Need Comfort From Family After a Death? Follow This Rule

How to get support without burdening those closest to the tragedy.

Posted Dec 30, 2019

In the face of a loss, families may struggle not only to grieve individually but to make room for each other’s grief. (For principles on how to grieve well as a family, read more here.)

In a family hit with a crisis—a terminal illness, a death, or other significant loss—family members may feel overwhelmed not only with the gravity of the loss but also the responsibility to support each other in their pain. And while it is normal and healthy to turn to family members for support and comfort, often those individuals closest to the loss are put in the role of comforter to others. 

Imagine this scenario:

After a long fight with cancer, a woman buries her husband. At the funeral, the deceased’s colleague walks up to the surviving spouse and says, “I just can’t believe it. I loved him so much. This has been really hard. I don’t know how I’m going to get through this.” A second cousin follows, asking, “What am I supposed to do now? I’m devastated.” 

The colleague and cousin, in moments of immense pain and confusion, turned to the grieving widow for support. These sorts of moments can happen over and over by well-meaning family and friends trying to connect over a shared loss. Unfortunately, by seeking support from the spouse, they shift the spouse from the position of the comforted to the person responsible for providing comfort.

Who gets to lean on whom?

So where do we draw the line? Who gets to lean on whom for support when a family or community is hit with a crisis or loss? Psychologist Susan Silk and author Barry Goldman created a handy guide to help family members and friends quickly determine whose job it is to support whom in moments of loss and crisis. Using a simple chart, they determine each person’s responsibility to provide support to others based on how close or distant they are from the crisis:

Draw a circle. At the center of the circle, write the name of the person at the center of the loss (the ill party, the deceased, the person who survived a trauma). Now draw a circle around the first circle. In this immediate outer ring, list the person or people closest to the crisis, such as a spouse and children. Draw a larger ring around the first ring, and in it, list the next closest people to the crisis such as immediate family and very close friends. Continue to draw rings that radiate outward, getting larger and larger, encircling the person at the apex of the crisis. Fill in the names of family, friends, colleagues, and acquaintances based on how close or distant they are from the central figure. This creates an expanding axis of rings, radiating outward based on closeness to the person in crisis.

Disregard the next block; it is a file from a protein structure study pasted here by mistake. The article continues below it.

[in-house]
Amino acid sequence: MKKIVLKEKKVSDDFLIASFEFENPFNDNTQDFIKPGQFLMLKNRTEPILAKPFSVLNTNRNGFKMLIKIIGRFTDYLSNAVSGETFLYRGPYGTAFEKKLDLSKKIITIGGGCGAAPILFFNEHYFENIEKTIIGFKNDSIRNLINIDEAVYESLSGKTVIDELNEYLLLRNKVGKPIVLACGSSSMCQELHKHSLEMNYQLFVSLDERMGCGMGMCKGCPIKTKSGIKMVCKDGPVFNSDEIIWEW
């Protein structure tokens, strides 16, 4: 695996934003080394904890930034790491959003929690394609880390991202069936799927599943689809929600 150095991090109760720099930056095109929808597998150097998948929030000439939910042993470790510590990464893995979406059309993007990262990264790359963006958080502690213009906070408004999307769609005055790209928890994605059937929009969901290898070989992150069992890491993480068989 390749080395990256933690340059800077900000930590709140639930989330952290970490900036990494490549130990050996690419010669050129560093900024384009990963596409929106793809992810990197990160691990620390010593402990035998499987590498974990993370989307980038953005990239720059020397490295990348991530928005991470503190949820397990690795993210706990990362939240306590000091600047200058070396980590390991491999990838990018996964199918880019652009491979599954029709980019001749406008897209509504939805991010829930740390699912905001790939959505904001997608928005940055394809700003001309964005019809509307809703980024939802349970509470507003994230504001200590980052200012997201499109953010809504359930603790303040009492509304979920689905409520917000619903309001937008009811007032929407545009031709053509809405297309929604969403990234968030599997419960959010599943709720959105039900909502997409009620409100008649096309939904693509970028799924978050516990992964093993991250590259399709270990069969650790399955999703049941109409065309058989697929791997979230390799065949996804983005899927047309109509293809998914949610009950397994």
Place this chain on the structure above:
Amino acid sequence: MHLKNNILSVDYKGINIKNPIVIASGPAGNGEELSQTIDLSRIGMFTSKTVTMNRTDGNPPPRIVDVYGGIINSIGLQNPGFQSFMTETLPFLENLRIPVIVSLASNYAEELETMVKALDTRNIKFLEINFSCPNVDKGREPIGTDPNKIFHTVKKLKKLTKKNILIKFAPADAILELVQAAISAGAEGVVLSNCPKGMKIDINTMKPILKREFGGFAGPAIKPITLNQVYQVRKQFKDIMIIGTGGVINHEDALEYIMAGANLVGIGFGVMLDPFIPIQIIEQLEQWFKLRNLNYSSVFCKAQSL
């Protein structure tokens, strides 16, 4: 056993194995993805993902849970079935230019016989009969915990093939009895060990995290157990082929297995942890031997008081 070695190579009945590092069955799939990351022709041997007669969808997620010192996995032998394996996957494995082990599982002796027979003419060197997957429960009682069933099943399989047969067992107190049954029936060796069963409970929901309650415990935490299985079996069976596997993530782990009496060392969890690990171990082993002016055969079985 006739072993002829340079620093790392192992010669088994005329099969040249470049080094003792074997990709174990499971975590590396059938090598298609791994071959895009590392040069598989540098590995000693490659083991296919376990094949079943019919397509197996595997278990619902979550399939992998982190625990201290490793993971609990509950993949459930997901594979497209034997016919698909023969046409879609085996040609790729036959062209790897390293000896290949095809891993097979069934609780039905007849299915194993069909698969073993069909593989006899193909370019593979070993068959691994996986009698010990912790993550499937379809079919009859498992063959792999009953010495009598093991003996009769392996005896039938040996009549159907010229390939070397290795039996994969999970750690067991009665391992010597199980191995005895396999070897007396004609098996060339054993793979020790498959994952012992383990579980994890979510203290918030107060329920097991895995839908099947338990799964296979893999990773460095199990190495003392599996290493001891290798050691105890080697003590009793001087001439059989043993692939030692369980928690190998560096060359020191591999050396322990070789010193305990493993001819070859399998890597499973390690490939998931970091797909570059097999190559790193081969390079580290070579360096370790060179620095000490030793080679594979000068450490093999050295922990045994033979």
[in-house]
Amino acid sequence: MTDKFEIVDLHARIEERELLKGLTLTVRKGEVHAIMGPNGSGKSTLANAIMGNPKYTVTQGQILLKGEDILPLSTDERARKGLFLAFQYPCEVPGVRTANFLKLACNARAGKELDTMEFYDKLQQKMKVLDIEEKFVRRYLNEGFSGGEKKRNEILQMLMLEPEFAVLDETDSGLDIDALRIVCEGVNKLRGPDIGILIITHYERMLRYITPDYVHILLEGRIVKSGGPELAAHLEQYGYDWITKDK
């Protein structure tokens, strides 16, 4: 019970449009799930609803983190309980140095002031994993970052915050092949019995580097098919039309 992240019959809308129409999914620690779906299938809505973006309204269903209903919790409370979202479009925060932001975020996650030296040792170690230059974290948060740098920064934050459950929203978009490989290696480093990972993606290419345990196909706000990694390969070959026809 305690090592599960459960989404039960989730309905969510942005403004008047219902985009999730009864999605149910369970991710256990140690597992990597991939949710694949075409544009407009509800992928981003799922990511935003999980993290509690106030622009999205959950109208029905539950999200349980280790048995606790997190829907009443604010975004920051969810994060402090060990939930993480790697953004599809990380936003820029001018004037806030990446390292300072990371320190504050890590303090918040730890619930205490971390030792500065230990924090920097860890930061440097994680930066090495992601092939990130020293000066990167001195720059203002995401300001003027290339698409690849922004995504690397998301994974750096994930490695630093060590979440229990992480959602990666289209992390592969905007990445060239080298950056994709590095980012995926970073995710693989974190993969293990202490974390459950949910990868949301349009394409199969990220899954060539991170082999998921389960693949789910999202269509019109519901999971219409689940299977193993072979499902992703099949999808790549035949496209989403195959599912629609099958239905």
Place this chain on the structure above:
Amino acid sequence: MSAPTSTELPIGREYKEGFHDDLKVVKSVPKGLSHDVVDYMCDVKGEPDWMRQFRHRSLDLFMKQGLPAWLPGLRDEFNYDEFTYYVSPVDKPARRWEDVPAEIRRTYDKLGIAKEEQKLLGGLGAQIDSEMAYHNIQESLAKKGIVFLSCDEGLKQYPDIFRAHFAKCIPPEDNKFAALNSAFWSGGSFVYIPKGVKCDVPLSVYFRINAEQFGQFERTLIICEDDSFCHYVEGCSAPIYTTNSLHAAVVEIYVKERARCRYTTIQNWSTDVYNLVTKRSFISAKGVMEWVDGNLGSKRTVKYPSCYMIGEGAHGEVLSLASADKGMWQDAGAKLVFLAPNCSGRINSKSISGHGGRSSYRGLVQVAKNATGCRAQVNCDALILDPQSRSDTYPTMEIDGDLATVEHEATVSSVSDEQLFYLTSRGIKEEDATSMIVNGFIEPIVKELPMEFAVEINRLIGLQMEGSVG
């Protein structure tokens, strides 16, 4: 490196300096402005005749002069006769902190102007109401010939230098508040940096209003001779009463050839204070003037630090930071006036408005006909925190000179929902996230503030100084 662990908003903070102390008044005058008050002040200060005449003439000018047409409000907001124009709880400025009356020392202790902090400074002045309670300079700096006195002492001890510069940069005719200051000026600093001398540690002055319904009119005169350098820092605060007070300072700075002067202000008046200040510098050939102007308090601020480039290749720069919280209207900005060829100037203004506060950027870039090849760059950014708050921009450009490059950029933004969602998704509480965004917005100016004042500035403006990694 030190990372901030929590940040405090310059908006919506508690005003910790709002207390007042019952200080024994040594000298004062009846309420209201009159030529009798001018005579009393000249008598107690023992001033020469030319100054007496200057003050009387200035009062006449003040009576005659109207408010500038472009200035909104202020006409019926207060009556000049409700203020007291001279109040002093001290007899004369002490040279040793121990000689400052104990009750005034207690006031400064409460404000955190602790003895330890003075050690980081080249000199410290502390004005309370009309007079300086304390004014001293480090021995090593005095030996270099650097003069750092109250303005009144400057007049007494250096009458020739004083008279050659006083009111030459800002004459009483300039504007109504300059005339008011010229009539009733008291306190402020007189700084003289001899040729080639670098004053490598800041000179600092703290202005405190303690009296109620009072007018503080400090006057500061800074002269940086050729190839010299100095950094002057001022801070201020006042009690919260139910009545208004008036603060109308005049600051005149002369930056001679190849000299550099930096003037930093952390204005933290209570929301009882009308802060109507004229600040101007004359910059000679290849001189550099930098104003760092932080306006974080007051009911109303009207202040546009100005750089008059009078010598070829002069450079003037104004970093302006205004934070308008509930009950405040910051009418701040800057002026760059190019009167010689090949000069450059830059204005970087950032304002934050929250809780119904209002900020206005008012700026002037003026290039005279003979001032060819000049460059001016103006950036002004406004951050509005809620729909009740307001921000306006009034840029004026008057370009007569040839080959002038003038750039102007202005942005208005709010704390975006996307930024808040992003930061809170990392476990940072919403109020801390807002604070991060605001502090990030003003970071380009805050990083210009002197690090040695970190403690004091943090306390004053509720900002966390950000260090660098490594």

There is one rule: comfort in, dump out. 

Silk explains it this way: “If you want to scream or cry or complain, if you want to tell someone how shocked you are or how icky you feel, or whine about how it reminds you of all the terrible things that have happened to you lately, that's fine. It's a perfectly normal response. Just do it to someone in a bigger ring. … When you are talking to a person in a ring smaller than yours, someone closer to the center of the crisis, the goal is to help.” Never vent to or lean on somebody closer to the crisis than you. 

According to this rule, a spouse never comforts an extended relative. A colleague leans on other colleagues, not immediate family. Outer circles send comfort and support inward while seeking help among contemporaries. By following this simple guideline, members of a community surrounding a crisis can maximize support while minimizing undue stress upon the most affected.